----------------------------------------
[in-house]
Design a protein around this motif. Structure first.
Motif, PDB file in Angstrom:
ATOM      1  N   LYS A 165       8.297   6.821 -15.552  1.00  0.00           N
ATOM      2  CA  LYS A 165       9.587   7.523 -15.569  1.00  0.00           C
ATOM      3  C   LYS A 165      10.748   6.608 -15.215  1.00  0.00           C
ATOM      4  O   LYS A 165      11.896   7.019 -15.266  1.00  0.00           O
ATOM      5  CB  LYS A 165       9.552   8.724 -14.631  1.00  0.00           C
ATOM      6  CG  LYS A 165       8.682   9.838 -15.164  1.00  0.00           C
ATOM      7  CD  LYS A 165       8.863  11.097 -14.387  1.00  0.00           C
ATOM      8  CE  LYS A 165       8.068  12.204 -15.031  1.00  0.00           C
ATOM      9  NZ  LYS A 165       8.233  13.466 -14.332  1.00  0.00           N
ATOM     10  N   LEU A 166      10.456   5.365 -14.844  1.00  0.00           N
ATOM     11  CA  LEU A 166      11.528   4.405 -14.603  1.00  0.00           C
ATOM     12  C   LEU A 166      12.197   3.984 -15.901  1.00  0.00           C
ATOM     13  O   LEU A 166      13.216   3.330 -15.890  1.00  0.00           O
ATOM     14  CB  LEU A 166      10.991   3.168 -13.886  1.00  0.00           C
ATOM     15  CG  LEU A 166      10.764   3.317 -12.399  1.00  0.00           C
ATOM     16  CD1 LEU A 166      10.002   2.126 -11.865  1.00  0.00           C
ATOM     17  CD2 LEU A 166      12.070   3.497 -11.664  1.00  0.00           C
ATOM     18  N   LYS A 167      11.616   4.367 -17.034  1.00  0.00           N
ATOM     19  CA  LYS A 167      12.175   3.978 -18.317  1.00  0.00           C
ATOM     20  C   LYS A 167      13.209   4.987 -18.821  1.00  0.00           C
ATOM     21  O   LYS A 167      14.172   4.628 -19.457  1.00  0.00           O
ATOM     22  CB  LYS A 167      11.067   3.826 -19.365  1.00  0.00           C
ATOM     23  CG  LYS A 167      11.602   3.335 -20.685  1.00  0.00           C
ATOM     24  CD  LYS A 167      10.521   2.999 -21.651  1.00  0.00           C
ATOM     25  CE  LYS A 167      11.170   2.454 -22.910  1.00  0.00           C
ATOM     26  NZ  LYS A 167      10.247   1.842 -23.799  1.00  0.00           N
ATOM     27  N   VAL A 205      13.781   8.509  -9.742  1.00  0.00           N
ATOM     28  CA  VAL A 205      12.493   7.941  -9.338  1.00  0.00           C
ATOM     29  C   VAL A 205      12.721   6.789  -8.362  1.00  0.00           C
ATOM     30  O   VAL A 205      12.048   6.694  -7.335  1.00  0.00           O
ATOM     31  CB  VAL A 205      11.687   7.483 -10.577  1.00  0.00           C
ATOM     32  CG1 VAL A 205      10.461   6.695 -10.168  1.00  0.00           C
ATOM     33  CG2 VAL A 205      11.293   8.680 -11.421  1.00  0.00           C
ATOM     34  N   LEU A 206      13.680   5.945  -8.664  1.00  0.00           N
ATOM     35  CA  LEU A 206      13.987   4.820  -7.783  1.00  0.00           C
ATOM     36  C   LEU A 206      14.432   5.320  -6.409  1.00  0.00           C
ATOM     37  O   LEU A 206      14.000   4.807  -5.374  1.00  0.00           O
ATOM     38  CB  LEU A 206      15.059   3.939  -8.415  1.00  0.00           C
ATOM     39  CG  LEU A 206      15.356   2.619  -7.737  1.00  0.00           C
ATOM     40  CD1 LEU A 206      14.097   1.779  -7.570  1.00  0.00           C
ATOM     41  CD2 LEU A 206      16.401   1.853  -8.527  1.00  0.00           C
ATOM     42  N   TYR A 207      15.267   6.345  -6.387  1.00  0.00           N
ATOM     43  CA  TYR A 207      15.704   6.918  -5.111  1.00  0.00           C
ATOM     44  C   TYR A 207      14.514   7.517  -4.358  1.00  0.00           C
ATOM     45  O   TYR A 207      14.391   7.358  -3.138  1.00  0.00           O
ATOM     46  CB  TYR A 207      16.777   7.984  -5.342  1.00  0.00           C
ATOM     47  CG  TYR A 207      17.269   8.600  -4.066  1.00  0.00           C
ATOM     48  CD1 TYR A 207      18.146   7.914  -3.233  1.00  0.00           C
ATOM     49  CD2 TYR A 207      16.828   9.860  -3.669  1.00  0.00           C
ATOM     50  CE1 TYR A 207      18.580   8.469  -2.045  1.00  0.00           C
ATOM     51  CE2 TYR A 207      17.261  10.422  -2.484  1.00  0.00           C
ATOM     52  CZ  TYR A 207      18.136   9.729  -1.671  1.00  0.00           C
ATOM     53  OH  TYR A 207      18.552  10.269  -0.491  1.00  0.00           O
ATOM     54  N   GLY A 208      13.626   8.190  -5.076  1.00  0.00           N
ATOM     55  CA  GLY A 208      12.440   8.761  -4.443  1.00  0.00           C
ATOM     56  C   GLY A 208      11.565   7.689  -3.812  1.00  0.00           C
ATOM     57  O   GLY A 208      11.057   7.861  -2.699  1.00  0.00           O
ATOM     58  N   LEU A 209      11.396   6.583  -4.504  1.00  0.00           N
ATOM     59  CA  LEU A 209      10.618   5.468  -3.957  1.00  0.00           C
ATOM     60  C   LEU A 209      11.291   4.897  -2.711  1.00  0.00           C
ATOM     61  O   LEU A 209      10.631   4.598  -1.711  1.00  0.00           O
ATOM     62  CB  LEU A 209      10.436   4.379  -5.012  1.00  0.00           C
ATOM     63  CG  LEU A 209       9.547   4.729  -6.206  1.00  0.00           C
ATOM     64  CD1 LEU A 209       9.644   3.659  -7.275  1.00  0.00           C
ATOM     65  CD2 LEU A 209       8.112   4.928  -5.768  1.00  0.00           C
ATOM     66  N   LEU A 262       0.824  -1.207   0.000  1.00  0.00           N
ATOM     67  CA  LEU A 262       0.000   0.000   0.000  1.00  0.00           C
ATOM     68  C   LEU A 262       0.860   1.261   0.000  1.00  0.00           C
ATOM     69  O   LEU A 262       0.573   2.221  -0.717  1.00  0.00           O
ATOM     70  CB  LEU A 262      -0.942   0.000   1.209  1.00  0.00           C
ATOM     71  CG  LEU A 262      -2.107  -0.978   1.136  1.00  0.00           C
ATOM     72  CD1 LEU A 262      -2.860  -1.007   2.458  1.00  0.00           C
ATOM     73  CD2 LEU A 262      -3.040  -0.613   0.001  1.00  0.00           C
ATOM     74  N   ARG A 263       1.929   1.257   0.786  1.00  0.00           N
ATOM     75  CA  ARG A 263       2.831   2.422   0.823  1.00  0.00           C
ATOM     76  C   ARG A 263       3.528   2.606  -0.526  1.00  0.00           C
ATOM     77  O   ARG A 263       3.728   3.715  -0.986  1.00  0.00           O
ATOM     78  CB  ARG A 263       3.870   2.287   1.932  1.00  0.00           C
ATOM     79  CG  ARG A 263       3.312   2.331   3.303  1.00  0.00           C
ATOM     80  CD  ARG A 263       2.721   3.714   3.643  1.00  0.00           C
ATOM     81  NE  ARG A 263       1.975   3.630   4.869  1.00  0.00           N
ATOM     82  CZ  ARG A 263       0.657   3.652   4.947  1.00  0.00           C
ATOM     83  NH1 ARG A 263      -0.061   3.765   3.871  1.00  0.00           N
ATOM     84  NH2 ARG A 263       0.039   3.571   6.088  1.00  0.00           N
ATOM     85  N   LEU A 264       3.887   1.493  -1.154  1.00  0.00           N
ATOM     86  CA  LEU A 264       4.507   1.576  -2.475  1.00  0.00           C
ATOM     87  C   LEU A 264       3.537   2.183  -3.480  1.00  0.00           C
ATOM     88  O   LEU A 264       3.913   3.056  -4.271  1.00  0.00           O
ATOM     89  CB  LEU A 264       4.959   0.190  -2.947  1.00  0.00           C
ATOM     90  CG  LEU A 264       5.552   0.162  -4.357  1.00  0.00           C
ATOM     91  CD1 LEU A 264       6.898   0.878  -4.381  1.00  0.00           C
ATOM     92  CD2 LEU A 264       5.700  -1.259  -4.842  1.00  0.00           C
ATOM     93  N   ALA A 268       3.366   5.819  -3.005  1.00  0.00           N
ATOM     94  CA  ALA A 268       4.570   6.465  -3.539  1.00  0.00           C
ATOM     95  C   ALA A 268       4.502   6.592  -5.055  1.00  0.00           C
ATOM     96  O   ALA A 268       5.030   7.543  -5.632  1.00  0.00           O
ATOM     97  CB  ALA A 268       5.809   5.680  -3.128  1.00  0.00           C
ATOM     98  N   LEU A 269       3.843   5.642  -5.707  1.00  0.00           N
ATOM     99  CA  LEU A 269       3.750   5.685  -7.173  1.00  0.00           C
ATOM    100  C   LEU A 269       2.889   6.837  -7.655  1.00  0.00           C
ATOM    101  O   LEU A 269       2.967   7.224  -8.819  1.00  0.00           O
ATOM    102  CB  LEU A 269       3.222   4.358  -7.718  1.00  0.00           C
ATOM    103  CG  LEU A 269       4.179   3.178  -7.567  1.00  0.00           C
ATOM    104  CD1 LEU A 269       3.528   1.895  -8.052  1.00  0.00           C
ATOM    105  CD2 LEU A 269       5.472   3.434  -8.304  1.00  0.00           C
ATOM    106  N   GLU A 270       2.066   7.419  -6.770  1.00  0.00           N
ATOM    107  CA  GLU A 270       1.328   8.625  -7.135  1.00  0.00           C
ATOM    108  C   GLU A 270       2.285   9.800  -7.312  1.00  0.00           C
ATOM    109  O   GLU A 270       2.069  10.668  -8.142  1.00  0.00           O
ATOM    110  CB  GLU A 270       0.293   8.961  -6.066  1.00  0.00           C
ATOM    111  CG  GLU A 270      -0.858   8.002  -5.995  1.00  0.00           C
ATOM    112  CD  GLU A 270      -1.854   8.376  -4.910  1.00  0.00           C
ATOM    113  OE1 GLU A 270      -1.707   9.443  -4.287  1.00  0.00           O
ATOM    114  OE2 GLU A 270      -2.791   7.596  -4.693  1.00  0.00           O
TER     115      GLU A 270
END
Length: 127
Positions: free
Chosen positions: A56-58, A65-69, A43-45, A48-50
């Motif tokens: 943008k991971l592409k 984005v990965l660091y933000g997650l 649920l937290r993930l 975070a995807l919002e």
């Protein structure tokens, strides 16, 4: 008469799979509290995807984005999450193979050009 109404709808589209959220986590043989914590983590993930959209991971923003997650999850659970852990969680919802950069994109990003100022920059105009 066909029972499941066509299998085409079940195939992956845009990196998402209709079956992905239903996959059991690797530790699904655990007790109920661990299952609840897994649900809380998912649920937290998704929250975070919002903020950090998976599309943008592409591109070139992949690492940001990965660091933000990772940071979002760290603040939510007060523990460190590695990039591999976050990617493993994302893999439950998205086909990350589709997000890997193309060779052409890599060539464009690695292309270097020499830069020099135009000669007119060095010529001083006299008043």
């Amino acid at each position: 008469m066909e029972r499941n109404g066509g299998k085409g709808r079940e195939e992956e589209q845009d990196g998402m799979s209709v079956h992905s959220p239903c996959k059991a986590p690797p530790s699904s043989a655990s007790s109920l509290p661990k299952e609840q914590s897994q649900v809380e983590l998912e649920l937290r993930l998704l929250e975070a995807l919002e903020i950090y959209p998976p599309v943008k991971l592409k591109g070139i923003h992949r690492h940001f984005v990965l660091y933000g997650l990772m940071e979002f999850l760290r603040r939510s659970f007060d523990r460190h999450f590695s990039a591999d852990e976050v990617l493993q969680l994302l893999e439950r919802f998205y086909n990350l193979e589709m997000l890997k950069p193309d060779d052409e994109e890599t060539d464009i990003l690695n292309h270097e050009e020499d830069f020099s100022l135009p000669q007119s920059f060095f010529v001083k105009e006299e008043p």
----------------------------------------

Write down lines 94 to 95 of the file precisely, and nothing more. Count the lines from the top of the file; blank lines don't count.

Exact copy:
ATOM     91  CD1 LEU A 264       6.898   0.878  -4.381  1.00  0.00           C
ATOM     92  CD2 LEU A 264       5.700  -1.259  -4.842  1.00  0.00           C